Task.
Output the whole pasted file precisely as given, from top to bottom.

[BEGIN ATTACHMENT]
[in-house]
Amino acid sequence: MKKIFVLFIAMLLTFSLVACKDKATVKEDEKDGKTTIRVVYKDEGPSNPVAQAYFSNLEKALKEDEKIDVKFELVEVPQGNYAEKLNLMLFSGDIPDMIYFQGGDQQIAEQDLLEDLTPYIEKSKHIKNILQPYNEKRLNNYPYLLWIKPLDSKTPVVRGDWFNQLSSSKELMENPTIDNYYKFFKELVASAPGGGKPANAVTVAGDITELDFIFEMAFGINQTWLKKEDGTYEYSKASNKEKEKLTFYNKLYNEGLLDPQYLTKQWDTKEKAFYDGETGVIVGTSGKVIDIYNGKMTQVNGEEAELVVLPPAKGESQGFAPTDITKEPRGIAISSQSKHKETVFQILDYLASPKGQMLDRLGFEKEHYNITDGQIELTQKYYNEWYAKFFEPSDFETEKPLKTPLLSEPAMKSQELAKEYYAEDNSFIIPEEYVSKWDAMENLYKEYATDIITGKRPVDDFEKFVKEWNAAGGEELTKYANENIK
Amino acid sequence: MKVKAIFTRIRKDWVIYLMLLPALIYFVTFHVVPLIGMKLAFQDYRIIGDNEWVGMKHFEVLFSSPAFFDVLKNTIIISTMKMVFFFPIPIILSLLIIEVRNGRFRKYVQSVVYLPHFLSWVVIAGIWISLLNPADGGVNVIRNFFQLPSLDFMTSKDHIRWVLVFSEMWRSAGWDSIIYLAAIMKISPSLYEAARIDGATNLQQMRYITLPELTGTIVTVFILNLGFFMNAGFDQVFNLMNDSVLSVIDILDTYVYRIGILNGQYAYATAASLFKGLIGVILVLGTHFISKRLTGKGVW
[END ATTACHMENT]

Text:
[in-house]
Amino acid sequence: MKKIFVLFIAMLLTFSLVACKDKATVKEDEKDGKTTIRVVYKDEGPSNPVAQAYFSNLEKALKEDEKIDVKFELVEVPQGNYAEKLNLMLFSGDIPDMIYFQGGDQQIAEQDLLEDLTPYIEKSKHIKNILQPYNEKRLNNYPYLLWIKPLDSKTPVVRGDWFNQLSSSKELMENPTIDNYYKFFKELVASAPGGGKPANAVTVAGDITELDFIFEMAFGINQTWLKKEDGTYEYSKASNKEKEKLTFYNKLYNEGLLDPQYLTKQWDTKEKAFYDGETGVIVGTSGKVIDIYNGKMTQVNGEEAELVVLPPAKGESQGFAPTDITKEPRGIAISSQSKHKETVFQILDYLASPKGQMLDRLGFEKEHYNITDGQIELTQKYYNEWYAKFFEPSDFETEKPLKTPLLSEPAMKSQELAKEYYAEDNSFIIPEEYVSKWDAMENLYKEYATDIITGKRPVDDFEKFVKEWNAAGGEELTKYANENIK
Amino acid sequence: MKVKAIFTRIRKDWVIYLMLLPALIYFVTFHVVPLIGMKLAFQDYRIIGDNEWVGMKHFEVLFSSPAFFDVLKNTIIISTMKMVFFFPIPIILSLLIIEVRNGRFRKYVQSVVYLPHFLSWVVIAGIWISLLNPADGGVNVIRNFFQLPSLDFMTSKDHIRWVLVFSEMWRSAGWDSIIYLAAIMKISPSLYEAARIDGATNLQQMRYITLPELTGTIVTVFILNLGFFMNAGFDQVFNLMNDSVLSVIDILDTYVYRIGILNGQYAYATAASLFKGLIGVILVLGTHFISKRLTGKGVW